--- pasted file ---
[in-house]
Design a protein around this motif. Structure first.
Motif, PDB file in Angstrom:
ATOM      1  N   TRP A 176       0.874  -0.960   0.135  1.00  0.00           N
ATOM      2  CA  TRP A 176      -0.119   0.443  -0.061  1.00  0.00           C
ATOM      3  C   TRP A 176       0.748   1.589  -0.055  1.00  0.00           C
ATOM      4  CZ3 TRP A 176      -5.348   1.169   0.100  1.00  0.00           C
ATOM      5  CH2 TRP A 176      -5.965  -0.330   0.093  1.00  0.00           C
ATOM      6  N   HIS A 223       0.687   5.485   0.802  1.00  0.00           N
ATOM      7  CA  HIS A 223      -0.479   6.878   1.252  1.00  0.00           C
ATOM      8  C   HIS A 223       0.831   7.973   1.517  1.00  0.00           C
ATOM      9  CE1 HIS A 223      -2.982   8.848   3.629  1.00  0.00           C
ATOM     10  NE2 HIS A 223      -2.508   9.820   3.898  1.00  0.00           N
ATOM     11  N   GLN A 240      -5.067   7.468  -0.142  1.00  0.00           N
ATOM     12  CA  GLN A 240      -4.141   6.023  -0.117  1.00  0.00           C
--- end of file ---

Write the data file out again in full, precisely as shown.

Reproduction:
[in-house]
Design a protein around this motif. Structure first.
Motif, PDB file in Angstrom:
ATOM      1  N   TRP A 176       0.874  -0.960   0.135  1.00  0.00           N
ATOM      2  CA  TRP A 176      -0.119   0.443  -0.061  1.00  0.00           C
ATOM      3  C   TRP A 176       0.748   1.589  -0.055  1.00  0.00           C
ATOM      4  CZ3 TRP A 176      -5.348   1.169   0.100  1.00  0.00           C
ATOM      5  CH2 TRP A 176      -5.965  -0.330   0.093  1.00  0.00           C
ATOM      6  N   HIS A 223       0.687   5.485   0.802  1.00  0.00           N
ATOM      7  CA  HIS A 223      -0.479   6.878   1.252  1.00  0.00           C
ATOM      8  C   HIS A 223       0.831   7.973   1.517  1.00  0.00           C
ATOM      9  CE1 HIS A 223      -2.982   8.848   3.629  1.00  0.00           C
ATOM     10  NE2 HIS A 223      -2.508   9.820   3.898  1.00  0.00           N
ATOM     11  N   GLN A 240      -5.067   7.468  -0.142  1.00  0.00           N
ATOM     12  CA  GLN A 240      -4.141   6.023  -0.117  1.00  0.00           C